Veronica Deenanath (Family Social Science, University of Minnesota), Nancy Lo (Family Social Science, University of Minnesota), Dung Mao (Family Social Science, University of Minnesota), Jaime Ballard (Family Social Science, University of Minnesota), and Catherine Solheim (Family Social Science, University of Minnesota)
The United States is a nation of immigrants who often bring dreams of opportunities and economic prosperity and a goal to build a better life than the one left behind. Immigrant and refugee families are typically starting over economically; they arrive with few or no financial resources and are unfamiliar with the financial system in the host counties. As discussed in Chapter 1, some families immigrate because they were unable to financially support their families in their home country (Solheim, Rojas-Garcia, Olson, & Zuiker, 2012; Portes & Rumbaut, 2006). Others were able to support their families, but had to leave everything behind to travel to safety after conflict or natural disasters. While there are some high-income immigrants who are recruited internationally by companies, this is a minority of immigration cases (U.S. Visas, 2013). The majority of immigrants come with hopes of economic change for their families.
Although immigrants may arrive full of hope, their path to economic well-being can be long and challenging, making their dream seem far from reality. Economic systems differ between countries and cultures, and immigrants must learn new systems of payment and saving. They must also learn how to manage their finances in a virtual world of credit, debit, and online transactions – a far cry from mostly local cash-based markets in their home countries. Additionally, job skills and education do not always transfer across countries. Immigrants who were well-qualified for jobs in another country often find themselves under-qualified after resettlement. For example, an immigrant might have been a well-qualified teacher in their home country, but cannot teach in the United States without a teacher’s license, which takes time and money to obtain. Finally, many immigrants face discrimination as they apply for jobs and as they access services such as health care.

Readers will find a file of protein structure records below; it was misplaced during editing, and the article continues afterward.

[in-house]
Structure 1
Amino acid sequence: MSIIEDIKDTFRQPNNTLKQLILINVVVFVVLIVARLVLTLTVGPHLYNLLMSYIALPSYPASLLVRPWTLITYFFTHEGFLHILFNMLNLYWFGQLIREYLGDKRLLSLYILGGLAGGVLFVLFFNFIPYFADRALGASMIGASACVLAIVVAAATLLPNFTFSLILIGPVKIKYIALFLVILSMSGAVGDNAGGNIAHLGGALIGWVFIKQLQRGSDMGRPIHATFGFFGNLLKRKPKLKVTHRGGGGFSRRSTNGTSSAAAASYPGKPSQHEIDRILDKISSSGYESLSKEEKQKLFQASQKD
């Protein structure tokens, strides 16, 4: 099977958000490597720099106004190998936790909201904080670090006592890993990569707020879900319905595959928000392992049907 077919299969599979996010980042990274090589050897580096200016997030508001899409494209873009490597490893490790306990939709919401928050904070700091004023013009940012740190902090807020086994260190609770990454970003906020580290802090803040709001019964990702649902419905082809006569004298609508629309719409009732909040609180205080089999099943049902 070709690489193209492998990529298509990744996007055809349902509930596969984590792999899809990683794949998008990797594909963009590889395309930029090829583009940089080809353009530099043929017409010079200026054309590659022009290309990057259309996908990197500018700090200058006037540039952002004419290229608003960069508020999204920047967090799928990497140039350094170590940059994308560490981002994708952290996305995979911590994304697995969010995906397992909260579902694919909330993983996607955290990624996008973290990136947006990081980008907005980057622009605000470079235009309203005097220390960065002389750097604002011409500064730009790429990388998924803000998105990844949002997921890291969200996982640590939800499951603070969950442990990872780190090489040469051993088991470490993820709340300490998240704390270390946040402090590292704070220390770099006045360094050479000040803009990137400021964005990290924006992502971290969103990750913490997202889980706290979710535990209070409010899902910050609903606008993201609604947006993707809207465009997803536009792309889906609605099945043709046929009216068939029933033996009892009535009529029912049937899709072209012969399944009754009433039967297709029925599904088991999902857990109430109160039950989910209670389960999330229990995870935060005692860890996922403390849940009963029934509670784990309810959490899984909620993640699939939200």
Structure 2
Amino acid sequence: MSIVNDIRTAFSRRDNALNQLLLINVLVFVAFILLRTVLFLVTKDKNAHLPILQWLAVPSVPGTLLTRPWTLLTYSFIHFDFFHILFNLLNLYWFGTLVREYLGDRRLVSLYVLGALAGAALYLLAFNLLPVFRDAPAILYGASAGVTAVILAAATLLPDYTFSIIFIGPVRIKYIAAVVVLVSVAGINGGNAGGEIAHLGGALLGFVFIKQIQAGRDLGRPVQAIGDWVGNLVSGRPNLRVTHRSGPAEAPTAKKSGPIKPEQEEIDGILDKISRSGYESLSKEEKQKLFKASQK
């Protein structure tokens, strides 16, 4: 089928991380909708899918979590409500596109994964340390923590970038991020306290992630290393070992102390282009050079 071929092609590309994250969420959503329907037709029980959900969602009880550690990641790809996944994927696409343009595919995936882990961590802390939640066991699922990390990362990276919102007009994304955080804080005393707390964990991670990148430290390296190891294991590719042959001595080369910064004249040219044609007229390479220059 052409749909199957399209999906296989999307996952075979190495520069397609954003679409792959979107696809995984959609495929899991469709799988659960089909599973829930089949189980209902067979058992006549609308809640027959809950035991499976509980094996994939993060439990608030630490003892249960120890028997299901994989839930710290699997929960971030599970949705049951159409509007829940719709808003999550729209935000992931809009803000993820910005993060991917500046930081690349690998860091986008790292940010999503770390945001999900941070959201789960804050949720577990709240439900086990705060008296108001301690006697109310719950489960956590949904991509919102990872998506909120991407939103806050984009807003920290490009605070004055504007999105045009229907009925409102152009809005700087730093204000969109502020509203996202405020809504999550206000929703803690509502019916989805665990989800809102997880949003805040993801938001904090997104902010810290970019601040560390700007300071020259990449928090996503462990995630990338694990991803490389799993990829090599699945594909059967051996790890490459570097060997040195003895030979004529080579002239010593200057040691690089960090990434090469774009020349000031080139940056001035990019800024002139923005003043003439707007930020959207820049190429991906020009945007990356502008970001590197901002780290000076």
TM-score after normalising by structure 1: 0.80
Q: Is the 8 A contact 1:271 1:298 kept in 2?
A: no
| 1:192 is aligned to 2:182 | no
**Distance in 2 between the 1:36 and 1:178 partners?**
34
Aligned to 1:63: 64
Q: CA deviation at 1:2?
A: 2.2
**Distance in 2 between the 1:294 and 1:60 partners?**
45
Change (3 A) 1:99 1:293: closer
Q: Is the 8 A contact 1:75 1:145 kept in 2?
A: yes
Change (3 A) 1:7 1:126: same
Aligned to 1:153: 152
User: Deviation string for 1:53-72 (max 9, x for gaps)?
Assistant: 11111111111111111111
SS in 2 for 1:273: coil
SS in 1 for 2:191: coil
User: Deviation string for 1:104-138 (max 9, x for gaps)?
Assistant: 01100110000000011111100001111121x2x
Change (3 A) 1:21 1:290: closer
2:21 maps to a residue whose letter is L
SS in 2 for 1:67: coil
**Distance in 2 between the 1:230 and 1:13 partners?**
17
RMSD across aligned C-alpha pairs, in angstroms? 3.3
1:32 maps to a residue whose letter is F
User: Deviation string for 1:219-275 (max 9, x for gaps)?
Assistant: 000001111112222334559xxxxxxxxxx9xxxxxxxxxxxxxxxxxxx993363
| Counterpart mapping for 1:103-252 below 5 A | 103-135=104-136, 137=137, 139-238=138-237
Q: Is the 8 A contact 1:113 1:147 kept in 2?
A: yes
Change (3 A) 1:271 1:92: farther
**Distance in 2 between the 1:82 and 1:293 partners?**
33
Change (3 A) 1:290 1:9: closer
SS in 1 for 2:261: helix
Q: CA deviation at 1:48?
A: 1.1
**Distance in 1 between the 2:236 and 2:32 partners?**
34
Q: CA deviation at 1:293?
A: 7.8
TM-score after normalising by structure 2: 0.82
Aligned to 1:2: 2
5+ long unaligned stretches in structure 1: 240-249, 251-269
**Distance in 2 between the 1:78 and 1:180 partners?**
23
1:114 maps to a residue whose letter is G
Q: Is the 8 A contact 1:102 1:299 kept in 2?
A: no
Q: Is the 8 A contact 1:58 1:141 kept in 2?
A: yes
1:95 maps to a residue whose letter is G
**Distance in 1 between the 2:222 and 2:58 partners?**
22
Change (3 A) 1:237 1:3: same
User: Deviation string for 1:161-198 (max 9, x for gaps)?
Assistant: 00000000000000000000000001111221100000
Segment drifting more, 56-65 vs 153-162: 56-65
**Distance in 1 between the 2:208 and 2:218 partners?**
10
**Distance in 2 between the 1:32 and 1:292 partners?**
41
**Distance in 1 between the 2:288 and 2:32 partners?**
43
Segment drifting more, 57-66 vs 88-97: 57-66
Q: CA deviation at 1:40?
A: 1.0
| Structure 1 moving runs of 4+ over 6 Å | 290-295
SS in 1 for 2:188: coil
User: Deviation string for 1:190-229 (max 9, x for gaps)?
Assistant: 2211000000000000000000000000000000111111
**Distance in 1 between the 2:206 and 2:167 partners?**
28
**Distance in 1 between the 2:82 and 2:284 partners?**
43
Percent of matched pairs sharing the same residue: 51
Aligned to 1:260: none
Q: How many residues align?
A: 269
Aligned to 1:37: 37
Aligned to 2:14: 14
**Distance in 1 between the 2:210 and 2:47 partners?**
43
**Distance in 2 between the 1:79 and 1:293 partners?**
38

This chapter addresses immigrants’ and refugees’ road to achieving economic well-being. Only limited research has identified the challenges and supports available to immigrants on their economic journey; the majority of information is drawn from analysis of government reports of employment, income, housing, and healthcare usage. In this chapter, we use this research to highlight the key areas of economic well-being in immigrants and refugees, including employment, access to health care and housing, financial management skills, and access to financial products and services.
Economic well-being is an individual’s ability to buy the necessities of life for themselves and their families, and have resources to pursue goals that improve their quality of life. (OECD, 2013).